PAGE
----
Kaino is asked if he has been involved in special speed training to counter the killing decisiveness of Pocock's work at the breakdown in the quarter-final triumph, when the Springboks hoarded possession but were repeatedly victims of the Australian's smash-and-grab technique. The big man smiles thinly and says that he doesn't imagine he will increase his speed over the next few days – especially with a body still hurting from the furies of Argentina.
"Going down the first time my ankle got trapped under a ruck – the boys just told me to harden up. The second time I got wounded, one of their flankers hit me in the ribs. I don't think I would have been a good boxer. My body is still hurting a little bit but you look forward to a game like this. I don't want to talk about Pocock or Cooper because the Australians have threats all over the field. Still, let's put it this way, I'm looking forward to seeing them."
So is Thorn, though he cannot be persuaded that he is on some special mission to avenge defeat in the 2003 World Cup semi-final. "It sucked losing that game," he agrees, "but I didn't get on as a replacement until the last 20 minutes and by then the game had more or less gone away from us." For Thorn, the Australians will always be a threat of an especially high order. He wore their shirt in that other code, he came to understand the depth of their need to win.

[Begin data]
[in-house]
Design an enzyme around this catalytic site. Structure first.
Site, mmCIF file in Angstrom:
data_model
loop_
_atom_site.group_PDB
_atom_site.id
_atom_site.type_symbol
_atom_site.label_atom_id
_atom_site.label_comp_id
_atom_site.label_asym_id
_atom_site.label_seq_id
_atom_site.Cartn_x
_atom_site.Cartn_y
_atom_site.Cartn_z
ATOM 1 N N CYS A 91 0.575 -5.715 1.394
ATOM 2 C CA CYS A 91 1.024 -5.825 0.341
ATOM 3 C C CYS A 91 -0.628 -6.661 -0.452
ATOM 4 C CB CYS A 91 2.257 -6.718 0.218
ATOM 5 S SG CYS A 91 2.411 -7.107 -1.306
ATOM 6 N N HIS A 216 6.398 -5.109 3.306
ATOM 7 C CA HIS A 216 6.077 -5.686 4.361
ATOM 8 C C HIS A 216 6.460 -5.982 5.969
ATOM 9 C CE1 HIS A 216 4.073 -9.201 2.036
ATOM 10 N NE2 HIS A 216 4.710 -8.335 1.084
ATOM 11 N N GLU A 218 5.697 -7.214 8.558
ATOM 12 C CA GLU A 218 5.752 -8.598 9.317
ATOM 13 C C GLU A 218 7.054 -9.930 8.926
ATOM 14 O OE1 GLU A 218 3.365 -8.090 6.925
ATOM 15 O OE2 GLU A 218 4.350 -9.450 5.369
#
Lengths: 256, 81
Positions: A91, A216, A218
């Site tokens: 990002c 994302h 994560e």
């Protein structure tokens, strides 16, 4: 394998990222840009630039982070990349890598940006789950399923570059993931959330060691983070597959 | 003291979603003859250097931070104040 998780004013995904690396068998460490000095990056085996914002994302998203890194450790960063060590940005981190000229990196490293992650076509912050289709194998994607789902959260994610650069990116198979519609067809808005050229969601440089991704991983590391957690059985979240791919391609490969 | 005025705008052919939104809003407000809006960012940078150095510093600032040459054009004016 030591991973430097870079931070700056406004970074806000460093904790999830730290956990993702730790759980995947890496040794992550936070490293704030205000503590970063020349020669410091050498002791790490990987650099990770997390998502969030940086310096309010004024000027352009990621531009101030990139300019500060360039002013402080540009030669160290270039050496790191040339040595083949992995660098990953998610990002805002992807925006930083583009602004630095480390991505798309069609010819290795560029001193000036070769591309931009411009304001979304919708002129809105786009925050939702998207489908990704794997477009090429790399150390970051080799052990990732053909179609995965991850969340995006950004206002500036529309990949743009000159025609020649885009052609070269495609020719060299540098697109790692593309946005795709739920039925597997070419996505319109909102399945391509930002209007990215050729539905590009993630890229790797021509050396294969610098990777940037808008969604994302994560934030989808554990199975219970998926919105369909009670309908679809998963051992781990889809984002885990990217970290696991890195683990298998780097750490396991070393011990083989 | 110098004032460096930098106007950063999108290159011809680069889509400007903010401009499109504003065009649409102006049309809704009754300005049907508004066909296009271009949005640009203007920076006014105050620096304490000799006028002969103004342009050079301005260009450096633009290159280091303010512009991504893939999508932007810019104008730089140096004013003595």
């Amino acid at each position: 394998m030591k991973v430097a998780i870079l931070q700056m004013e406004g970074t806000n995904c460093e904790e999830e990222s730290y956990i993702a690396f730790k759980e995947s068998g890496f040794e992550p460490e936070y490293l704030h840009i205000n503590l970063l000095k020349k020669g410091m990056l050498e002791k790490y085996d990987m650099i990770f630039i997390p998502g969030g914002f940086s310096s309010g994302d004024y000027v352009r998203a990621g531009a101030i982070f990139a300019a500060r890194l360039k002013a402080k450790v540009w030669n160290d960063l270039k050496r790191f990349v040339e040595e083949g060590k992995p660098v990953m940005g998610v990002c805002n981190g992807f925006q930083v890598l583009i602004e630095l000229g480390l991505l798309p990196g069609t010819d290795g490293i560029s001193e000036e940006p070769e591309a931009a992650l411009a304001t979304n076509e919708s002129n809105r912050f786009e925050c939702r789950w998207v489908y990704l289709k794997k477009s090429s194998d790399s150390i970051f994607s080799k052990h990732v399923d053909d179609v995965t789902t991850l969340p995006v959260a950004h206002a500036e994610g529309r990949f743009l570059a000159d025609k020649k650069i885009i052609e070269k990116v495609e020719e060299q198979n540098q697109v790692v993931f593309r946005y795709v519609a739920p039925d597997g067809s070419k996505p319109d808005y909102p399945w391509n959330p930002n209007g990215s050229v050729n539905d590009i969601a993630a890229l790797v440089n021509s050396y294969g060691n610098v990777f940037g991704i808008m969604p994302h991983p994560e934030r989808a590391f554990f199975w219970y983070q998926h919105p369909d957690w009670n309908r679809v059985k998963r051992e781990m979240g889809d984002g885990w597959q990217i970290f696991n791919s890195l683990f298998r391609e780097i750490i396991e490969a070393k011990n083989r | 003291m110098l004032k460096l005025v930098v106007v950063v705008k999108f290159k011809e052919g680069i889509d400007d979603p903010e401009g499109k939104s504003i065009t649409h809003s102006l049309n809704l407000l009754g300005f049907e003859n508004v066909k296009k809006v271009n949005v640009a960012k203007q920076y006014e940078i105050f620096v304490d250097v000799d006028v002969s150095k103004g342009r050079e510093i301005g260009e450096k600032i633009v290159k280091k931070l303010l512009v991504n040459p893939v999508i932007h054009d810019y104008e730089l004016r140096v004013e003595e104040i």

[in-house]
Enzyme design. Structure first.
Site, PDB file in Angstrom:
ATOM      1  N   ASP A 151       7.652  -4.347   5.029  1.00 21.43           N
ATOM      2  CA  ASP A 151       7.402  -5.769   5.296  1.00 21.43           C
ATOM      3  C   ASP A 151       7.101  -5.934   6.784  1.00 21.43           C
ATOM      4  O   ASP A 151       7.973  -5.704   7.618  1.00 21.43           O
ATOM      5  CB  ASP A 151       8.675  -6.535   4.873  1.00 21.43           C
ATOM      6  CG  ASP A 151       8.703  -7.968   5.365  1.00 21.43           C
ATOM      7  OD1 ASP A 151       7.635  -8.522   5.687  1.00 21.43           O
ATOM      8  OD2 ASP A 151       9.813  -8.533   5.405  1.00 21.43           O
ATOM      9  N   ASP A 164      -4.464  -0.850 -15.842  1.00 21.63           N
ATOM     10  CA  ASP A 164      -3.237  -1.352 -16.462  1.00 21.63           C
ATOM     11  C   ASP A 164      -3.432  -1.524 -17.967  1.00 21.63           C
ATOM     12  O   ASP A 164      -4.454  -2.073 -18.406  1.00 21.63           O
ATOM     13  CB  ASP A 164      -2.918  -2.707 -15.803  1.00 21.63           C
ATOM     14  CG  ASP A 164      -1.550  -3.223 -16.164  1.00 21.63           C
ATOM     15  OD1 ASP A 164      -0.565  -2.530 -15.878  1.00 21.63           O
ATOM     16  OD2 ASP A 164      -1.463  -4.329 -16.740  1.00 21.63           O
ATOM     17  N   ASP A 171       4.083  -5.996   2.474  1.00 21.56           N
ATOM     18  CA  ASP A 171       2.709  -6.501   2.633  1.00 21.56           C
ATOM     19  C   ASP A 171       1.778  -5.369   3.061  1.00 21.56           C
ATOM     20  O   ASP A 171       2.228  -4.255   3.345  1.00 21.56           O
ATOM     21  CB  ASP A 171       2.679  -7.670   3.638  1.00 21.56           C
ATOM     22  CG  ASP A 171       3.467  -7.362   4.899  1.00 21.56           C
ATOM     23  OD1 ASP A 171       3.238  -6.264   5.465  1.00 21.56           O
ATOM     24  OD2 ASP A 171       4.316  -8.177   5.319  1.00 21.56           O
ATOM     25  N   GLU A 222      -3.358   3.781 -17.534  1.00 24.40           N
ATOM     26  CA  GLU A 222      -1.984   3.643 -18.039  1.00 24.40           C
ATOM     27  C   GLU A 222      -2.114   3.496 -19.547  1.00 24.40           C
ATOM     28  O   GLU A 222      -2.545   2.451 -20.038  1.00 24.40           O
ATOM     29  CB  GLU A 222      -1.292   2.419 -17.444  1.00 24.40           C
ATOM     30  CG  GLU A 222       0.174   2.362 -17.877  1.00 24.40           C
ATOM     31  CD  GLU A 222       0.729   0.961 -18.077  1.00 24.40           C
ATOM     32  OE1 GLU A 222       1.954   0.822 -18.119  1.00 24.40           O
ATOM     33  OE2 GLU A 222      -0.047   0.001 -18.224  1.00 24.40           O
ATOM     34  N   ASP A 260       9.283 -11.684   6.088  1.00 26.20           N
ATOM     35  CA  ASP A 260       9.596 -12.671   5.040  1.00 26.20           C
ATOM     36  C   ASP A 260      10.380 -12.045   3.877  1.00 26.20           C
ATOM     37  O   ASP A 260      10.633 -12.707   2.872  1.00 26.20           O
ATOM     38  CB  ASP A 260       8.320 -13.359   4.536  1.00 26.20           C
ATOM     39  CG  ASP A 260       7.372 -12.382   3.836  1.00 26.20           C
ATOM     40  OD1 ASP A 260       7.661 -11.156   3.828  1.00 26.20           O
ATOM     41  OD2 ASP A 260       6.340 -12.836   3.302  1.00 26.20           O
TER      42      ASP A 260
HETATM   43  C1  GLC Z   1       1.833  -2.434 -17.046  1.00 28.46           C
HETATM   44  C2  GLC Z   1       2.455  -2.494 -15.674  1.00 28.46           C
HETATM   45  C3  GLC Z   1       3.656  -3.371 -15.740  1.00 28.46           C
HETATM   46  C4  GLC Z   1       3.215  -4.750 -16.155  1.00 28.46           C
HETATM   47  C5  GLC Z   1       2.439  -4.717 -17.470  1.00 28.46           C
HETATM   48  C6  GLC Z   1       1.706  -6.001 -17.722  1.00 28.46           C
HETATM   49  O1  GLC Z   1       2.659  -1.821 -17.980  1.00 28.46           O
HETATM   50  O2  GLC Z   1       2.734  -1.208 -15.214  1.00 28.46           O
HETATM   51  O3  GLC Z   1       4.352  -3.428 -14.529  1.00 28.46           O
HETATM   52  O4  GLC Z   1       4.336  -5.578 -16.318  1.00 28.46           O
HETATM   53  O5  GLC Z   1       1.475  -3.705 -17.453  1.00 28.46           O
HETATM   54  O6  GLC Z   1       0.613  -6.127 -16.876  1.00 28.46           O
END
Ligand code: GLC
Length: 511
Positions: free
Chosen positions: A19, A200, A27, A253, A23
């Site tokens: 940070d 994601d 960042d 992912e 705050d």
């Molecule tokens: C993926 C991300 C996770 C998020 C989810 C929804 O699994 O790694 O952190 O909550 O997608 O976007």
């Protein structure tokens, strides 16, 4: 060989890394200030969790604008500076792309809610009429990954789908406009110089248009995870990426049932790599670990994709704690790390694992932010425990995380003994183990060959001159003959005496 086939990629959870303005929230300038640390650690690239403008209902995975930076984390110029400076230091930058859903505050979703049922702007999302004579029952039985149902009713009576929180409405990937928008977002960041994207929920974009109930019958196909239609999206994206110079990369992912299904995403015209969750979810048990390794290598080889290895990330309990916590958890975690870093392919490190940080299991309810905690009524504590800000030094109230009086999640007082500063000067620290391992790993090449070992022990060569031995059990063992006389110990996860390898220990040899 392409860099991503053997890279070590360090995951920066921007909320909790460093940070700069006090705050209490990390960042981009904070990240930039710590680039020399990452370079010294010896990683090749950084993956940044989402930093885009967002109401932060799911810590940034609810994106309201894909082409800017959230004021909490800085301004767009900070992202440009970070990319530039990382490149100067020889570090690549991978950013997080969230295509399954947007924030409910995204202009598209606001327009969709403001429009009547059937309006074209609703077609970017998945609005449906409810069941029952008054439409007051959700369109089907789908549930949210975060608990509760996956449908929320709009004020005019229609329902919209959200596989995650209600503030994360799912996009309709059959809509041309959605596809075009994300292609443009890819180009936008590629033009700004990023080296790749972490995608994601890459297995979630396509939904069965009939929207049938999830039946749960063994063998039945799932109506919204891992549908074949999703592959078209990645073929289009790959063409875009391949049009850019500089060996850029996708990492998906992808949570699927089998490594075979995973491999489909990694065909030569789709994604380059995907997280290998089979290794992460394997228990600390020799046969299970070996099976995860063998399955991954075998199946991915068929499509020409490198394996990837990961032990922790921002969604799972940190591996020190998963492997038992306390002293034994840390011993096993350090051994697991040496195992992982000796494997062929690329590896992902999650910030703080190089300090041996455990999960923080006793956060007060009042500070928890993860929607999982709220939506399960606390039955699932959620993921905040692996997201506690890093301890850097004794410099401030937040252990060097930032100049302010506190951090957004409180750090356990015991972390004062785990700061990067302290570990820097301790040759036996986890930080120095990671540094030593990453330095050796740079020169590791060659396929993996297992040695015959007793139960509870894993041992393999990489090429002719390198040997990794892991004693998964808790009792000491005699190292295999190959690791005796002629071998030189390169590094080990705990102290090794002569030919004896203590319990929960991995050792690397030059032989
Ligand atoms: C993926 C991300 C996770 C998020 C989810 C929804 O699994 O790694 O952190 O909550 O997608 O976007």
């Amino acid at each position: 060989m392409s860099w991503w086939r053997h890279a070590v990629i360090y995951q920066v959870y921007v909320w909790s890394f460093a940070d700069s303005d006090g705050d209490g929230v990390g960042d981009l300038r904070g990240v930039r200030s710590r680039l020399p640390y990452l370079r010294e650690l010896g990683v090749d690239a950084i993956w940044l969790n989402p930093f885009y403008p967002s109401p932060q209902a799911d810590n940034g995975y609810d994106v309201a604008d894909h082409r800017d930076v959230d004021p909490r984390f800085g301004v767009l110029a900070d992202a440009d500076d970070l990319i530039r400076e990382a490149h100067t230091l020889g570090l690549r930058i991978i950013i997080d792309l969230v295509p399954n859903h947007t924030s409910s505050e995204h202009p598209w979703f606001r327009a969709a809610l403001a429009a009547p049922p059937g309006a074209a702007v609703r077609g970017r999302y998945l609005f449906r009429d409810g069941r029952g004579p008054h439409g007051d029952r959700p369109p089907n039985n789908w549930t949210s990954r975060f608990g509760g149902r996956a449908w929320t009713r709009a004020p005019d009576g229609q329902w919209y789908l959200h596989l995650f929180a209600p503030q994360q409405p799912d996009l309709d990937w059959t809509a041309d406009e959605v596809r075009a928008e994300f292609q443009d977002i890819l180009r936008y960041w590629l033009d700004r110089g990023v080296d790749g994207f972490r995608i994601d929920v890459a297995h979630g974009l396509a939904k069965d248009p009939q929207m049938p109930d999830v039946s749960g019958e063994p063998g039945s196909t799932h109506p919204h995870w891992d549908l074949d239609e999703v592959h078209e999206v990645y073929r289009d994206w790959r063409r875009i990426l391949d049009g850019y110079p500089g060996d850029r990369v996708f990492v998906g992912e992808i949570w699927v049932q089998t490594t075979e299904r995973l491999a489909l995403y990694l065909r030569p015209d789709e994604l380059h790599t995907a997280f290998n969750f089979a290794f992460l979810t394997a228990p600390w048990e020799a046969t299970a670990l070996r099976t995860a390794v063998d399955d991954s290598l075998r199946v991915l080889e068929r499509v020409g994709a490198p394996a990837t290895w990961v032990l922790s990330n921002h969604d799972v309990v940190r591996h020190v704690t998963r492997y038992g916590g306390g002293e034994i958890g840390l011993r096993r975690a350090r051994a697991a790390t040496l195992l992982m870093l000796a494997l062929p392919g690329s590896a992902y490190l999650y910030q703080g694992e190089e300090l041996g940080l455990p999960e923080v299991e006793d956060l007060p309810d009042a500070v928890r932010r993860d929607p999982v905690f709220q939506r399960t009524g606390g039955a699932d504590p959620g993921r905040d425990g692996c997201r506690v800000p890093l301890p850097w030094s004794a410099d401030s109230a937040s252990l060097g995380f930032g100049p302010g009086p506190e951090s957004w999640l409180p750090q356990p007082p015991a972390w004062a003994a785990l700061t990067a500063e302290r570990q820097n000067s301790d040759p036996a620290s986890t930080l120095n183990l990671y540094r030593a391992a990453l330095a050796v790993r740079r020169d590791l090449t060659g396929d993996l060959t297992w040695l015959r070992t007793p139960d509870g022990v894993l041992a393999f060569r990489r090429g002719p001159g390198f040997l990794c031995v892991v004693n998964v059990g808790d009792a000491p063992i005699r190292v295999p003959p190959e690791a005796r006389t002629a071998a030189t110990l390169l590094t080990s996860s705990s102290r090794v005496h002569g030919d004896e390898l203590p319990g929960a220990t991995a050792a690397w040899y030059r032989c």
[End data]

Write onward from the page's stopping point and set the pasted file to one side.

"We share a lot of the same thinking and instincts out on the field and so it means that if I'm not going to get sentimental about playing them for one last time, it doesn't mean that it's not one of the most important games I will ever play."
The room seems empty when he leaves. There is more talk of the leadership that New Zealand require and how so many All Blacks are stepping into the hole left by Carter and the other that McCaw might also create. A little too much of it, it may just be. One thing is certain. It is a mistake Brad Thorn is not likely to make, not as he seeks to extend his career by one more match – the one that might bring a little peace to an agitated nation.Reuse content